|Sr. Leonelia Sgorbati 1940-2006|
dt isn't the only leader whose careless words have incited violence.
Pope Benedict XVI was endangering lives long before 45 came onto the scene.
In a speech at the University of Regensburg, Germany, in September 2006, this pope found it necessary to illustrate a lecture on faith and reason with a quotation from Byzantine emperor Michael II Paleologus criticizing Islam.
The quote that caused the furor followed: “He turns to his interlocutor somewhat brusquely with the central question on the relationship between religion and violence in general, in these words: ‘Show me just what Mohammed brought that was new, and there you will find things only evil and inhuman, such as his command to spread by the sword the faith he preached,'” the pope said, emphasizing that he was quoting the emperor.
Because Michael II was living in the 14th century, the Crusades were still fresh in everyone's minds. Anti-Muslim feeling was widespread in Europe.
But Benedict XVI is living in the 21st century. Words spoken in Germany echo around the world, even to Kenya and Somalia.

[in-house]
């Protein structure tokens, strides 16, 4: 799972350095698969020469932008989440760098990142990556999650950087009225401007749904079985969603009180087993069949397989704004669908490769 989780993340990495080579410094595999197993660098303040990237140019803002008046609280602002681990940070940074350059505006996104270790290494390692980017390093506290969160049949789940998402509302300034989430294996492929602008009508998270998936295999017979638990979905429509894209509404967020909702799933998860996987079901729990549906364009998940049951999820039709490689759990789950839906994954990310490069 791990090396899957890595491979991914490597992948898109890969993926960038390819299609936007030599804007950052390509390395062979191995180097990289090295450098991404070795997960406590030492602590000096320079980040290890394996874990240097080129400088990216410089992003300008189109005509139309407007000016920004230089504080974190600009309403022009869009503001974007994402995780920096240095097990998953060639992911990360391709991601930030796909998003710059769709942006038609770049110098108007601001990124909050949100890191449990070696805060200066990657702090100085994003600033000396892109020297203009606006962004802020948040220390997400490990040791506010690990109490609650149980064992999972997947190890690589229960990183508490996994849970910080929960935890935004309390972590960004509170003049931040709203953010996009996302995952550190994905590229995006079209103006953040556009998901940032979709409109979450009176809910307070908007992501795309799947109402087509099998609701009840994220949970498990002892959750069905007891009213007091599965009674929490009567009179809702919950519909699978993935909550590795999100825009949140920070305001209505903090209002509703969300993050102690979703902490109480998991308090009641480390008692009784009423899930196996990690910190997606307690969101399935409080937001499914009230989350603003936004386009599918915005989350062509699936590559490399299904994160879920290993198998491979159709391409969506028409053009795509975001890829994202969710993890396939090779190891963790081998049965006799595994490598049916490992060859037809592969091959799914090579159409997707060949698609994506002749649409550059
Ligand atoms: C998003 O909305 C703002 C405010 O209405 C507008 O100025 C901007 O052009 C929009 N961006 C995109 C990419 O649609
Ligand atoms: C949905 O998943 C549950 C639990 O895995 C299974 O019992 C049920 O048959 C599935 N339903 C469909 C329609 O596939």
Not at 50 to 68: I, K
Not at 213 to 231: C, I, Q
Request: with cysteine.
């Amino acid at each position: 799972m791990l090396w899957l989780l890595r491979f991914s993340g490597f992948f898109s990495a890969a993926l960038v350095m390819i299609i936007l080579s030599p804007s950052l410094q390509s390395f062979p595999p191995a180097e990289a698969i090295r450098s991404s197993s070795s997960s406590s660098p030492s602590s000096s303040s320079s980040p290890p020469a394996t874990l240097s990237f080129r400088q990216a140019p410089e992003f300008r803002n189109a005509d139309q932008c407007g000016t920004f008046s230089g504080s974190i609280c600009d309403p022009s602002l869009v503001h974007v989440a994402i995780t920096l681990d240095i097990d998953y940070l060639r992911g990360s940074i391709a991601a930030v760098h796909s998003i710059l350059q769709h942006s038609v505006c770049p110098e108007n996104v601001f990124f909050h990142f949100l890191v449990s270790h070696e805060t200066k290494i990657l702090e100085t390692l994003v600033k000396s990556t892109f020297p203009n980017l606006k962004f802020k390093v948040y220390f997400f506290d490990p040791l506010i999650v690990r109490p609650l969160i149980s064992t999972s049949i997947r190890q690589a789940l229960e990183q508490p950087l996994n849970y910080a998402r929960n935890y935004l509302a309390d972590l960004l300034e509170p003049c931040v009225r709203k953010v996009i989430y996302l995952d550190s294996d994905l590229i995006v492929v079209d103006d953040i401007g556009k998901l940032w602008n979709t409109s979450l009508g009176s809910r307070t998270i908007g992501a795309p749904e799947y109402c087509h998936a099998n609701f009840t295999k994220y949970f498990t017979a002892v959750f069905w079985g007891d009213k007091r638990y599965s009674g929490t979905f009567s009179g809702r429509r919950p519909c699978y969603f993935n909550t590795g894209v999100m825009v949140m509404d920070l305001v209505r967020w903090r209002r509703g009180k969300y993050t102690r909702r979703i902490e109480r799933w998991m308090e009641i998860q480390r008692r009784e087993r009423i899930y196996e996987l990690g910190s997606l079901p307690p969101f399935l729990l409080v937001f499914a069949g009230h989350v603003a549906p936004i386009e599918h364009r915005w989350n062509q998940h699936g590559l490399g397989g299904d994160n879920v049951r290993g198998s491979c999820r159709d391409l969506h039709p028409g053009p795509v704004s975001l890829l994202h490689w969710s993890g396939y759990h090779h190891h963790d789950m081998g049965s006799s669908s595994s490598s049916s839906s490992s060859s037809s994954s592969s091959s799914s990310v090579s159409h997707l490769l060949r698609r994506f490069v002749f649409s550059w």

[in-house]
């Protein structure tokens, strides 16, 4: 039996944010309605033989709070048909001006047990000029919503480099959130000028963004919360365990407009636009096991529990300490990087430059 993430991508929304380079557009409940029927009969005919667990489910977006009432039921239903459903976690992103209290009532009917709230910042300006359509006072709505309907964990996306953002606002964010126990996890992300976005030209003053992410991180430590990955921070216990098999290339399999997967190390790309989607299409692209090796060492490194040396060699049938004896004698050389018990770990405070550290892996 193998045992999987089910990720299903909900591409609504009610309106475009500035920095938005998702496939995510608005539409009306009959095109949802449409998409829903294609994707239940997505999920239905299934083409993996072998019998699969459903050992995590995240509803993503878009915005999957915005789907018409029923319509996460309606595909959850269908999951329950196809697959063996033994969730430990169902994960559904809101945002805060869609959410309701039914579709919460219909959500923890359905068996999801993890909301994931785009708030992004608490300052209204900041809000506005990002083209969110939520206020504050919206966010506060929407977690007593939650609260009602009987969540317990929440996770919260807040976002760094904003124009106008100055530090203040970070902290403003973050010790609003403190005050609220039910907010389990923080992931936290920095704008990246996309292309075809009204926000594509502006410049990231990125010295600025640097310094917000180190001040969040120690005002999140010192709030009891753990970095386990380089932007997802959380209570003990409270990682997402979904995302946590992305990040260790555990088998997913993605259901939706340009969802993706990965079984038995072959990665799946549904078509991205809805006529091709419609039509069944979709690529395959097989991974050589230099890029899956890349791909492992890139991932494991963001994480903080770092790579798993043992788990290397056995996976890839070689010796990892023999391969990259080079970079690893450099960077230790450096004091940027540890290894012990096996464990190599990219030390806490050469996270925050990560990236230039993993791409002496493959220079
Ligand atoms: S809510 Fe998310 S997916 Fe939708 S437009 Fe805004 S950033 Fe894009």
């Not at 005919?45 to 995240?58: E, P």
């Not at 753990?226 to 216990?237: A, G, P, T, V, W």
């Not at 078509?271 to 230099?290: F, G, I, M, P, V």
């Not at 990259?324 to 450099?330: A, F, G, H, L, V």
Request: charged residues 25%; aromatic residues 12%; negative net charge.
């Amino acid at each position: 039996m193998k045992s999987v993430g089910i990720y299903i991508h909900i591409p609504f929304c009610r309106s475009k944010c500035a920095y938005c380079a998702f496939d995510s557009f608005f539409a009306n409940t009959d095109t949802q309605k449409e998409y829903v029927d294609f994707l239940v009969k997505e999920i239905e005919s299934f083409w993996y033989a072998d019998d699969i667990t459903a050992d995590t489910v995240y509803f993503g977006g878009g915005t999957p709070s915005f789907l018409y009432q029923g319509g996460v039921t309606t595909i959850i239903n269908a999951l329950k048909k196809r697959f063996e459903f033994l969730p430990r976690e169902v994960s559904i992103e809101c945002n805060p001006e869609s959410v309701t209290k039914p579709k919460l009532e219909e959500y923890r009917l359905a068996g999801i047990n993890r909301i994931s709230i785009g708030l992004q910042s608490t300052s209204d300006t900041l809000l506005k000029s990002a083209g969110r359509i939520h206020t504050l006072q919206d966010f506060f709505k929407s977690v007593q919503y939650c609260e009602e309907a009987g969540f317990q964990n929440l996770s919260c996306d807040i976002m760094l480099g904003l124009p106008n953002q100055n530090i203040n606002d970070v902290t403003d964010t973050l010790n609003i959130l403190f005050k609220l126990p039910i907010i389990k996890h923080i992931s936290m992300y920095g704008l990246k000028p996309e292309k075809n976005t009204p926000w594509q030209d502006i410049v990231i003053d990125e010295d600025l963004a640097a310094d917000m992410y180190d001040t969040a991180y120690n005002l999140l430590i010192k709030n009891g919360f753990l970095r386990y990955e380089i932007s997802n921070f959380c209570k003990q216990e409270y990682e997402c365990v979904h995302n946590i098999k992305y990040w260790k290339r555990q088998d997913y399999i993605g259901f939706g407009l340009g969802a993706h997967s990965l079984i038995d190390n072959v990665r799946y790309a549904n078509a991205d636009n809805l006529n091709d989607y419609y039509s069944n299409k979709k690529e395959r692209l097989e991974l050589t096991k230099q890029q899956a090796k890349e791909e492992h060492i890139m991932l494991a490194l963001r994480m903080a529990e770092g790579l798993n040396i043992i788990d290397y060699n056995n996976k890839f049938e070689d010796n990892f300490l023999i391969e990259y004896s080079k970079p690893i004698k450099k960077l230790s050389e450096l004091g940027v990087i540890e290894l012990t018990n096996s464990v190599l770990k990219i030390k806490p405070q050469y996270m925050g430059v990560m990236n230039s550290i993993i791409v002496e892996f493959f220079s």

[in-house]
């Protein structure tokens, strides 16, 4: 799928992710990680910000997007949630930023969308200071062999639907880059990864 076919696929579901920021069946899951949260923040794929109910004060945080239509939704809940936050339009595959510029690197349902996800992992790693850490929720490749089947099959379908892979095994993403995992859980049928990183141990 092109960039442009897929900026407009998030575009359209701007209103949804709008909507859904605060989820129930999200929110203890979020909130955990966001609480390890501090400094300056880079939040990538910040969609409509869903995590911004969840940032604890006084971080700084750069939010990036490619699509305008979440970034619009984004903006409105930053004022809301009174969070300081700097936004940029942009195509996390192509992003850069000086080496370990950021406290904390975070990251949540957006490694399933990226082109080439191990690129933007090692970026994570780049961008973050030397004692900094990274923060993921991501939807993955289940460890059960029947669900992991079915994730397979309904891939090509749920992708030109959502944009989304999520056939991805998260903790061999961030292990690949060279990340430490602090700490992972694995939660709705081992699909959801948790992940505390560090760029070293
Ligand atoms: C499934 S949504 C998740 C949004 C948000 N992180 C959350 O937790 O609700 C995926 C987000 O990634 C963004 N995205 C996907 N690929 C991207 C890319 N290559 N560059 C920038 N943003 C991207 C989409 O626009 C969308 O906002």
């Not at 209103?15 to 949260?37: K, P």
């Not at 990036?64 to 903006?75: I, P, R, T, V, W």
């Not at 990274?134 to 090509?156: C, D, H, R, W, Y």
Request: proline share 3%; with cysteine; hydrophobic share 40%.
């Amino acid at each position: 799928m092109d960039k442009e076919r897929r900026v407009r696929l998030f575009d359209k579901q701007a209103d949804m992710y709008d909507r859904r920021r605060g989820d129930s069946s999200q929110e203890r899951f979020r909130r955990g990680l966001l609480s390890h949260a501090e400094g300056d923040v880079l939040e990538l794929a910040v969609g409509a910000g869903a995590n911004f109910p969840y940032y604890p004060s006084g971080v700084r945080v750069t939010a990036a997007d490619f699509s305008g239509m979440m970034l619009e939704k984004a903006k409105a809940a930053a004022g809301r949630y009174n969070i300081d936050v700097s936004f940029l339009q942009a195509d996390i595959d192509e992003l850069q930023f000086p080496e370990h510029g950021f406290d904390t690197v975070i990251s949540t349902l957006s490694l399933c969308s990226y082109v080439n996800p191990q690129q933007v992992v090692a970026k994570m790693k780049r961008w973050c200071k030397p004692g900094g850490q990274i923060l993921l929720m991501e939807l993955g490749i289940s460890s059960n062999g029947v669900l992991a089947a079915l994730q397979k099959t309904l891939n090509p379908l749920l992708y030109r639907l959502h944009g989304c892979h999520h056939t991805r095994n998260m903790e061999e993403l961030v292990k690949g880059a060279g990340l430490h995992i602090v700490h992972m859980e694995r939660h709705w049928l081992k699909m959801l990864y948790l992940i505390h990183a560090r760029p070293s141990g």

Sister Leonelia Sgorbati and the Muslim bodyguard she was traveling with were killed a few days later as protests to the speech mounted.
Well, this week Pope Francis officially declared Sr. Leonelia to be a martyr. Thus she passed one of the milestones on the way to gaining full sainthood.
Clearly she was a saint, but getting official recognition as a saint is another matter. It can take years.
Her driver, Mohamed Osman Mahamud, was a saint too, but the Roman Catholic Church is not likely to recognize him as such any time soon.
Another not-to-be declared martyr this year is Heather Heyer, the woman killed by a car mowing down demonstrators in Charlottesville on August 13.
In her case, it was the US president whose inflammatory rhetoric egged on her killer.